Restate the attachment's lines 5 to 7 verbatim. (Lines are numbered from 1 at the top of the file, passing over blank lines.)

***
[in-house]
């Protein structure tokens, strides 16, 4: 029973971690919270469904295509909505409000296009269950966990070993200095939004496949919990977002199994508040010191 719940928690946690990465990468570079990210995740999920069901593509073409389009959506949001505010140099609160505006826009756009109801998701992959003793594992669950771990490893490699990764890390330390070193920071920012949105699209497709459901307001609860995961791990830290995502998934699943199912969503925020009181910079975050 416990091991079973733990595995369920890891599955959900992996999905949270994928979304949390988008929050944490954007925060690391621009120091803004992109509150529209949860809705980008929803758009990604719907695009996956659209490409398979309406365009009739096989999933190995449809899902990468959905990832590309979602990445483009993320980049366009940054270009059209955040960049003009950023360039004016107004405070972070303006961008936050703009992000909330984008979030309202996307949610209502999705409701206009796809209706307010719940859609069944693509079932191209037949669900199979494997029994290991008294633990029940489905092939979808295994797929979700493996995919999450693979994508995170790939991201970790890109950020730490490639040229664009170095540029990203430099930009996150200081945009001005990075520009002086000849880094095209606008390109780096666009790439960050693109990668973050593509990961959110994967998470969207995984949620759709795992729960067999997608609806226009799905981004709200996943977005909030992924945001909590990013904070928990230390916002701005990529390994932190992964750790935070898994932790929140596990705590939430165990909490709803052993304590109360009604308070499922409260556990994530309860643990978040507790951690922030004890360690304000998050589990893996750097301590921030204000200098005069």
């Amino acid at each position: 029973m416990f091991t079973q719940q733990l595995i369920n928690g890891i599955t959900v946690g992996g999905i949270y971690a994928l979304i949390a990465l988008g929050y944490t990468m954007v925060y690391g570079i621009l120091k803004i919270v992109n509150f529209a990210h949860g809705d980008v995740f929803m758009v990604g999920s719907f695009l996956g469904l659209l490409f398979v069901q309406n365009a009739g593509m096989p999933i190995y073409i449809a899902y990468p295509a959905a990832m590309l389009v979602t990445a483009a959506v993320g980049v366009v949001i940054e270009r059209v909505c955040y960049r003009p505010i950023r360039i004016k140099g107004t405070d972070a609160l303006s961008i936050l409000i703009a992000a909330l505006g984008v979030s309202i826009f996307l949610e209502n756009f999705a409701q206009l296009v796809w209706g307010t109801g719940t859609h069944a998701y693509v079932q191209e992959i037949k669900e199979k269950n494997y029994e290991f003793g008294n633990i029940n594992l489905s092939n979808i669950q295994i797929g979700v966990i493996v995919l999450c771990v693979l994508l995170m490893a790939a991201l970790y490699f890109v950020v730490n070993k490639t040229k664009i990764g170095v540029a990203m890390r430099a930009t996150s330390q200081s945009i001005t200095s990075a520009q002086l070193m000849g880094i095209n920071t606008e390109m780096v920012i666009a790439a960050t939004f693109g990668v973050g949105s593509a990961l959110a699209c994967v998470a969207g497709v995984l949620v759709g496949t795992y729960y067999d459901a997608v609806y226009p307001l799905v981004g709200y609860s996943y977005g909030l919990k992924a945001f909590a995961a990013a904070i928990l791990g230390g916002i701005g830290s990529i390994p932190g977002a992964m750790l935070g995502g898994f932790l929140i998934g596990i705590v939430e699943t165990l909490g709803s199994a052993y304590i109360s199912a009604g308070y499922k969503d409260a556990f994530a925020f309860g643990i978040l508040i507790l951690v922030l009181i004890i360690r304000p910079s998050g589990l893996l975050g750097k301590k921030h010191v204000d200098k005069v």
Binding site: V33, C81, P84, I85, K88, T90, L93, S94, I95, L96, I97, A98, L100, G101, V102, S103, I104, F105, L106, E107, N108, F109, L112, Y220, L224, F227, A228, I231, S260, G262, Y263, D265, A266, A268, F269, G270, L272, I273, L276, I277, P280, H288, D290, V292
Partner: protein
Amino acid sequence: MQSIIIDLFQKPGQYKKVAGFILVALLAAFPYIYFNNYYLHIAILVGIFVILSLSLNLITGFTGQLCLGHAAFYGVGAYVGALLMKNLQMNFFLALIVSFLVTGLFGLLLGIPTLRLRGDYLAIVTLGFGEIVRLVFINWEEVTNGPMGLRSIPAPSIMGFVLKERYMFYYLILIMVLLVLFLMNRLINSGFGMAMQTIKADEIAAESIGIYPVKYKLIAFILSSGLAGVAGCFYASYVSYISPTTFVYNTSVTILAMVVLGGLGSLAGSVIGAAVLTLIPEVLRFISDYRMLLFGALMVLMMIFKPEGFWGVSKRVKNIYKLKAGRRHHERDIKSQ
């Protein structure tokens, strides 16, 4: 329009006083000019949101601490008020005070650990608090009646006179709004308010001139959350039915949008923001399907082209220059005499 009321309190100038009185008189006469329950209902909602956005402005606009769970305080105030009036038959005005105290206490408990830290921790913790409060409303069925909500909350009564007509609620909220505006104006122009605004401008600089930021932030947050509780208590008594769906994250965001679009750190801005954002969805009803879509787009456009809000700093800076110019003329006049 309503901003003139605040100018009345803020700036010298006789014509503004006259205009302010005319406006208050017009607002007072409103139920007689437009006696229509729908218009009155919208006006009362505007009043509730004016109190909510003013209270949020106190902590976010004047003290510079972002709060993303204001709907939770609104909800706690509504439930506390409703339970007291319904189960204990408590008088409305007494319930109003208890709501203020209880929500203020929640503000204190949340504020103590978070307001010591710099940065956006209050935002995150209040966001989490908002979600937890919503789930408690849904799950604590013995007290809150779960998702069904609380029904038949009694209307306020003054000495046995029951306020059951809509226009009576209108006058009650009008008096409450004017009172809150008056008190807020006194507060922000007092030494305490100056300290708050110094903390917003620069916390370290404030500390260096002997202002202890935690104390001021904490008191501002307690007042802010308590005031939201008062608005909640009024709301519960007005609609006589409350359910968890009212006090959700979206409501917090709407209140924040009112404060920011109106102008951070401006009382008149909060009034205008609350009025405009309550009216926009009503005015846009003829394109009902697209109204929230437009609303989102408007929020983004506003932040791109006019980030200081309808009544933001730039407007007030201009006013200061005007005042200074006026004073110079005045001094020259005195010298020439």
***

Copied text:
Partner: protein
Amino acid sequence: MQSIIIDLFQKPGQYKKVAGFILVALLAAFPYIYFNNYYLHIAILVGIFVILSLSLNLITGFTGQLCLGHAAFYGVGAYVGALLMKNLQMNFFLALIVSFLVTGLFGLLLGIPTLRLRGDYLAIVTLGFGEIVRLVFINWEEVTNGPMGLRSIPAPSIMGFVLKERYMFYYLILIMVLLVLFLMNRLINSGFGMAMQTIKADEIAAESIGIYPVKYKLIAFILSSGLAGVAGCFYASYVSYISPTTFVYNTSVTILAMVVLGGLGSLAGSVIGAAVLTLIPEVLRFISDYRMLLFGALMVLMMIFKPEGFWGVSKRVKNIYKLKAGRRHHERDIKSQ
């Protein structure tokens, strides 16, 4: 329009006083000019949101601490008020005070650990608090009646006179709004308010001139959350039915949008923001399907082209220059005499 009321309190100038009185008189006469329950209902909602956005402005606009769970305080105030009036038959005005105290206490408990830290921790913790409060409303069925909500909350009564007509609620909220505006104006122009605004401008600089930021932030947050509780208590008594769906994250965001679009750190801005954002969805009803879509787009456009809000700093800076110019003329006049 309503901003003139605040100018009345803020700036010298006789014509503004006259205009302010005319406006208050017009607002007072409103139920007689437009006696229509729908218009009155919208006006009362505007009043509730004016109190909510003013209270949020106190902590976010004047003290510079972002709060993303204001709907939770609104909800706690509504439930506390409703339970007291319904189960204990408590008088409305007494319930109003208890709501203020209880929500203020929640503000204190949340504020103590978070307001010591710099940065956006209050935002995150209040966001989490908002979600937890919503789930408690849904799950604590013995007290809150779960998702069904609380029904038949009694209307306020003054000495046995029951306020059951809509226009009576209108006058009650009008008096409450004017009172809150008056008190807020006194507060922000007092030494305490100056300290708050110094903390917003620069916390370290404030500390260096002997202002202890935690104390001021904490008191501002307690007042802010308590005031939201008062608005909640009024709301519960007005609609006589409350359910968890009212006090959700979206409501917090709407209140924040009112404060920011109106102008951070401006009382008149909060009034205008609350009025405009309550009216926009009503005015846009003829394109009902697209109204929230437009609303989102408007929020983004506003932040791109006019980030200081309808009544933001730039407007007030201009006013200061005007005042200074006026004073110079005045001094020259005195010298020439």